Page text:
One of the bright spots for the Oakland Raiders organization is the amount of cap space at its disposal in 2015. A whopping $50.271 million will be available to spend on impact players in the upcoming offseason.
General manager Reggie McKenzie should be aggressive when approaching the free-agent market. This approach suggests moving away from aging veterans in favor of more costly productive talent in its prime.
An approximate $50 million in cap space should allow the Raiders to show at least two players the bank when enticing high-end talents to play in Oakland. However, the front office can make two minor salary-cap moves to free up more cash in anticipation of landing a couple of star free agents.
Restructuring Tyvon Branch’s Contract
The highest-paid player on the Raiders’ payroll in 2015 will be Tyvon Branch based on the current contracts on the books. He’s owed $9.657 million.
Branch has played seven seasons in Oakland and had one decent season in 2010.
The veteran safety restructured his contract nearly two years ago to get Oakland under the cap, per Steve Corkan of the Bay Area News Group:
In the following two seasons, he has played a total of five games. In his absence, safety Brandian Ross has stepped into the starting lineup and made decent contributions. This season Ross caught two interceptions, had six passes defensed and forced a fumble in 10 starts.
Keep in mind that Charles Woodson is 38 years old. Oakland would place the secondary in a precarious situation if they were to release Branch despite his being ineffective in consecutive seasons.
In addition, the Raiders would still have to pay the safety $6.671 million in 2015 whether he’s on the roster or not. Nevertheless, his absence on the field doesn’t justify the hefty price tag. The Raiders brass should make a concerted effort to redefine his contract to reduce the cap hit.
Releasing Antonio Smith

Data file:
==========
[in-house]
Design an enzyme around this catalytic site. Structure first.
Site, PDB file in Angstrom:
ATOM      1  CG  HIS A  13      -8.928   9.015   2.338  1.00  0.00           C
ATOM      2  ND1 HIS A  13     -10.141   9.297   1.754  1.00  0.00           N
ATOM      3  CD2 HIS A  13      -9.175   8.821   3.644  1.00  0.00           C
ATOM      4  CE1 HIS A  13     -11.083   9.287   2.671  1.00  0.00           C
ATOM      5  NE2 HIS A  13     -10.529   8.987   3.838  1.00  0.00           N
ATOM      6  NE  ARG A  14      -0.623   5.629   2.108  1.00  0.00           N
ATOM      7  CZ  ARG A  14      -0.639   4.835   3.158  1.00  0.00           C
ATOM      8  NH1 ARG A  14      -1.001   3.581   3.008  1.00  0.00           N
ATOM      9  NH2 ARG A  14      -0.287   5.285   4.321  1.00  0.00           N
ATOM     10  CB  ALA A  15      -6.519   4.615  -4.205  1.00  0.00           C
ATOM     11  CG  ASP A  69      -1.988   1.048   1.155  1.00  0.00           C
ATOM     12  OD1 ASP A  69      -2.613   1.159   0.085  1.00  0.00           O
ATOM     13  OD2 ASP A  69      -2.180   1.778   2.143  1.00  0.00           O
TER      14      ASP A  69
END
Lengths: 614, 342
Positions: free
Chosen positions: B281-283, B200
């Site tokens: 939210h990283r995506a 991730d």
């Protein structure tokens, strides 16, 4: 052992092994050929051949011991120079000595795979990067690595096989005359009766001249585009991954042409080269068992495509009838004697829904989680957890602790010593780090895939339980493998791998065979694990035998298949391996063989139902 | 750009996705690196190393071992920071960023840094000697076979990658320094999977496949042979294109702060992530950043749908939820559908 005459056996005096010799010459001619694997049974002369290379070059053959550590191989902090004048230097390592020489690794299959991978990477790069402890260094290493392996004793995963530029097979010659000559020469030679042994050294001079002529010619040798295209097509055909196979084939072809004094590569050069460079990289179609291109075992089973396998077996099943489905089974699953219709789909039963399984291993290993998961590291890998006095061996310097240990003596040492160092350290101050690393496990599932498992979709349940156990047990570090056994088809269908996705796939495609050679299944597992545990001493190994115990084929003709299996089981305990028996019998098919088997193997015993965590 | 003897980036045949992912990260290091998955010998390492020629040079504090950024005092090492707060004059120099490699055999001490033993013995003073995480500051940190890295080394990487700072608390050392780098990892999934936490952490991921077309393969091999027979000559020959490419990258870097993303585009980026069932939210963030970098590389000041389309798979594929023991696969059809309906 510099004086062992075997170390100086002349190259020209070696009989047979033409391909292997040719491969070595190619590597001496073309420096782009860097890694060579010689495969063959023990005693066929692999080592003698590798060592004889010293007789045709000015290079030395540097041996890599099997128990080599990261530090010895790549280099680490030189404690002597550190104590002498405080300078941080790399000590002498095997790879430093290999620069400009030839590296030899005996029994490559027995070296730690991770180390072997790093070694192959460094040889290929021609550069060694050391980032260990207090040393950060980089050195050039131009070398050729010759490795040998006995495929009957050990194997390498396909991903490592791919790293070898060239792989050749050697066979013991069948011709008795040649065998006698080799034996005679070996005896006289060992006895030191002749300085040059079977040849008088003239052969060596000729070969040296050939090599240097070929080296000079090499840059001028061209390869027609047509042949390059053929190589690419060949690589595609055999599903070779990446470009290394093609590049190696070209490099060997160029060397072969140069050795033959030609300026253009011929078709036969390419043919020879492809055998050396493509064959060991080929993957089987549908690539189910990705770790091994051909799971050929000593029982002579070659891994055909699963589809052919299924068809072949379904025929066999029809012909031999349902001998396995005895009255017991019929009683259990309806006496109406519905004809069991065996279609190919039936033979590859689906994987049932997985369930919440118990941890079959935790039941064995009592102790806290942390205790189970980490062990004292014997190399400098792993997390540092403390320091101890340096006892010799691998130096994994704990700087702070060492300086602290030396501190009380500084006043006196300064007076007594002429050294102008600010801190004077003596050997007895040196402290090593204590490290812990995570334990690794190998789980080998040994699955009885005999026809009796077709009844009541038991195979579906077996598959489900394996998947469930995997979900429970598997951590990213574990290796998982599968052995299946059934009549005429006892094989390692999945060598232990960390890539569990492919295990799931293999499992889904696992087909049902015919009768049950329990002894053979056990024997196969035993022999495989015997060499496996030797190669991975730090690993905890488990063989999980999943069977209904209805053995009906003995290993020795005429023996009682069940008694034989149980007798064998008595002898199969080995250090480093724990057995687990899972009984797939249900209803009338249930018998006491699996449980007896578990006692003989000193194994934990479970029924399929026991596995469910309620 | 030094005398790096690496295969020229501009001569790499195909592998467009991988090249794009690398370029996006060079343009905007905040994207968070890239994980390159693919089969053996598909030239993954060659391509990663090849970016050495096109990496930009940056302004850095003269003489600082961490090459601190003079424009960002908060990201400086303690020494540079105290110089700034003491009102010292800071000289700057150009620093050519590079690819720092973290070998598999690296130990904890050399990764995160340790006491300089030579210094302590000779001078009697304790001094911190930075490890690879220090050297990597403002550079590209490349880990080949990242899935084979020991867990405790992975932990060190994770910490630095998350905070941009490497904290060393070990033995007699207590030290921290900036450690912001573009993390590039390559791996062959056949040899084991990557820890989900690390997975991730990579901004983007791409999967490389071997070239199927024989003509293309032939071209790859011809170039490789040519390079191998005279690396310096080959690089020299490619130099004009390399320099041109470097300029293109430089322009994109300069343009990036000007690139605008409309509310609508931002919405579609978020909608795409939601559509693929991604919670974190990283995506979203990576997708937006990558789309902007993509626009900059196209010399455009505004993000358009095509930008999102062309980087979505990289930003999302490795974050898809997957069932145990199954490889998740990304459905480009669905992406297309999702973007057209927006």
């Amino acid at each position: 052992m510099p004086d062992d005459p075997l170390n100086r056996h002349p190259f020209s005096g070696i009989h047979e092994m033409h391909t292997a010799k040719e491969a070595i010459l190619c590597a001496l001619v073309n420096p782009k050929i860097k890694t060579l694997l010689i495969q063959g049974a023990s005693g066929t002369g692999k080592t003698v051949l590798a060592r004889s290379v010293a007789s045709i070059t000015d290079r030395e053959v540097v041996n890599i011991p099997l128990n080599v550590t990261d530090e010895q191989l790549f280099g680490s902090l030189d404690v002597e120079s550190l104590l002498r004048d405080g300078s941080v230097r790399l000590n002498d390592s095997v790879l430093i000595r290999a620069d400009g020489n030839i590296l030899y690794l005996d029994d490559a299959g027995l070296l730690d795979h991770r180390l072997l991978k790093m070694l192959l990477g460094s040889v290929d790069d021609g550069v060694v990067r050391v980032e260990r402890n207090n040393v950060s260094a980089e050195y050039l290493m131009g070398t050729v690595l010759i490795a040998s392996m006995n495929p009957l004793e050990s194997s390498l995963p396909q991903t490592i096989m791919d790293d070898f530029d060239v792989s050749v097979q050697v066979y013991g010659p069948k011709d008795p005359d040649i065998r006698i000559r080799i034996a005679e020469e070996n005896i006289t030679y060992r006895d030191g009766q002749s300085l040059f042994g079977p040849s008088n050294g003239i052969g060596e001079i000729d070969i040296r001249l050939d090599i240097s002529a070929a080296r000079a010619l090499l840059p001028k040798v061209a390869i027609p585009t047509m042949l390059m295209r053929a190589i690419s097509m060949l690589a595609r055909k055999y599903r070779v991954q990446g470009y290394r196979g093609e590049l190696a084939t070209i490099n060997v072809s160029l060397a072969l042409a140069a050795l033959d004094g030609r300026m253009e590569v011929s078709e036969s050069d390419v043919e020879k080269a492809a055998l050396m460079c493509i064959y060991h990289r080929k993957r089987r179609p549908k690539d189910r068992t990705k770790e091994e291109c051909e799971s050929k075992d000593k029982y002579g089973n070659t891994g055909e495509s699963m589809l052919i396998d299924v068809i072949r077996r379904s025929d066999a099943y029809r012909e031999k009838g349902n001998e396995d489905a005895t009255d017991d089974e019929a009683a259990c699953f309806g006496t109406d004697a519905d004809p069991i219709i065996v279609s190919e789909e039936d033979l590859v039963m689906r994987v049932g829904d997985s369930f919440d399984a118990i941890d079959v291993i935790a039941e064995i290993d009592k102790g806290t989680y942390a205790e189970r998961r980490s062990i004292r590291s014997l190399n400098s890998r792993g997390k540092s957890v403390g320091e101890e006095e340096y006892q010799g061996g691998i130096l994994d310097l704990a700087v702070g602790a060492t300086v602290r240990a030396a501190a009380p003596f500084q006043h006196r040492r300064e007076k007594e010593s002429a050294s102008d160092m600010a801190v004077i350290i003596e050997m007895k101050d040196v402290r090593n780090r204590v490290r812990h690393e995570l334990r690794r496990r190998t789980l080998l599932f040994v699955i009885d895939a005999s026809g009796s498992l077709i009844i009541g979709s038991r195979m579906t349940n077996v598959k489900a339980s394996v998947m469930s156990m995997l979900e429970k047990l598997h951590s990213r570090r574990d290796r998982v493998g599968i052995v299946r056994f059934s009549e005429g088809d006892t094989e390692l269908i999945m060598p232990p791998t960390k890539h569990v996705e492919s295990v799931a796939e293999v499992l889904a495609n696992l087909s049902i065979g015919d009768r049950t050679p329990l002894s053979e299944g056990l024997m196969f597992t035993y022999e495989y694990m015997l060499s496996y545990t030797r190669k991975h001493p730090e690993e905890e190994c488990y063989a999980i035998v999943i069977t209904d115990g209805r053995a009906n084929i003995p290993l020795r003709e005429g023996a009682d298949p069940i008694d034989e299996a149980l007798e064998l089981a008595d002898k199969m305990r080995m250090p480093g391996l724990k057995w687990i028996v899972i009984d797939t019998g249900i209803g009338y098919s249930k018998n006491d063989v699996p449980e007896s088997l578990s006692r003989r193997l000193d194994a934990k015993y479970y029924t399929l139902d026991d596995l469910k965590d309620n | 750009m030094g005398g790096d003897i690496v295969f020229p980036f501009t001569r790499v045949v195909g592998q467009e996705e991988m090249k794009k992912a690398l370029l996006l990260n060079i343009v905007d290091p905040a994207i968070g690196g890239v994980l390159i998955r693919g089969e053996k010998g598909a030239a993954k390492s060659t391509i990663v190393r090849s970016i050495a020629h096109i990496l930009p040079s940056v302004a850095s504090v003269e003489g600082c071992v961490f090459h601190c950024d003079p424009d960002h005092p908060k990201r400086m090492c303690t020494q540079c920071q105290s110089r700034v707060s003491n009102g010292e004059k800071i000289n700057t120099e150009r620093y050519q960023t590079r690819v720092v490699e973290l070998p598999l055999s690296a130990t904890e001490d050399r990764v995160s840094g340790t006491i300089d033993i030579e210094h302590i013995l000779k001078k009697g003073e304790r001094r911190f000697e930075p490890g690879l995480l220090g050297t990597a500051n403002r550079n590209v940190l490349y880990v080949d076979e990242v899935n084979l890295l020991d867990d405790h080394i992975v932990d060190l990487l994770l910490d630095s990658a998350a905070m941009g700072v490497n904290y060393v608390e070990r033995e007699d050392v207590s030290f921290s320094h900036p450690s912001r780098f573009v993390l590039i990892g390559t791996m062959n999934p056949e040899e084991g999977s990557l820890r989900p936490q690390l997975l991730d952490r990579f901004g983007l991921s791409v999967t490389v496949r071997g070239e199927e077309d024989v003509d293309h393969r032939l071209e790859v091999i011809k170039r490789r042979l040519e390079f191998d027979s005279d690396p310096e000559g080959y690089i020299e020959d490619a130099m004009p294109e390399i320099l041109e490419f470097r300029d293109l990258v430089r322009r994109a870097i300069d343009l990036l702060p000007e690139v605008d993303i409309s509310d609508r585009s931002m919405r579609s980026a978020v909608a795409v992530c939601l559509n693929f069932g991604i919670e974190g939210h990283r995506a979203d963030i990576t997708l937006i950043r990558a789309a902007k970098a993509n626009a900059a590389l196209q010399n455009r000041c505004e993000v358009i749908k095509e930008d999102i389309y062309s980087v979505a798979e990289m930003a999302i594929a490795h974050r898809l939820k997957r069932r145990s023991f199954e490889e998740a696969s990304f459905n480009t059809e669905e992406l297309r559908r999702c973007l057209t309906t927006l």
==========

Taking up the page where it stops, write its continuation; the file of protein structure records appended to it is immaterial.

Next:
This move would only make sense if the Raiders land a top-tier pass-rusher.
Both Jason Pierre-Paul and Jerry Hughes enter free agency this offseason.
|Jason Pierre-Paul and Jerry Hughes Sack Totals|
|Year||Jason Pierre-Paul||Jerry Hughes|
Either defensive end would provide a much-needed upgrade to Oakland’s futile defensive line. A season total of 22 sacks won’t accumulate many wins against Peyton Manning and Philip Rivers, both prolific pocket passers.
Justin Tuck is Oakland's veteran leader of the defensive line with marginal production. The Raiders need a younger edge-rusher with more productivity within the defensive front.
Antonio Smith wasn’t a premiere pass-rusher in his prime. He recorded seven sacks once (2012) in his 11-year career. Landing either Pierre-Paul or Hughes should signify the abrupt end of his tenure in Oakland.
Smith was part of the crop of underachieving, aging free agents signed last offseason. Fortunately, if the Raiders release the 33-year-old defensive end, his $4 million cap hit will be recovered in its entirety without money owed.
The fact that Ndamukong Suh will also become a free agent should intrigue the Raiders front office. Suh already expressed an interest in playing for one of the New York football teams, per New York Daily News writers Ebenezer Samuel and Justin Tasch.
But money talks, right?
The Raiders will have the most cap space headed into the offseason. If Suh is seeking a large payout, Oakland is in position to pay him generously. Generating another $4 million in cap space from Smith’s contract would only help the cause.
Suh’s presence and productivity would immediately elevate the Oakland defensive front. He brings run-stopping capabilities, harasses quarterbacks and sometimes provides a little extra—just ask Aaron Rodgers.
Khalil Mack and Sio Moore would also benefit from playing behind a player who garners consistent double-teams. Collectively, Mack, Moore and Suh could potentially become a three-man wrecking crew.
Ultimately, it’s all up to Suh. If he sticks to his initial desire, taking his cleats to New York, Hughes and Pierre-Paul are more than worthy consolation prizes.
Hey, McKenzie: Show the stars the money.
Advanced statistics provided by Pro-Football-Reference.com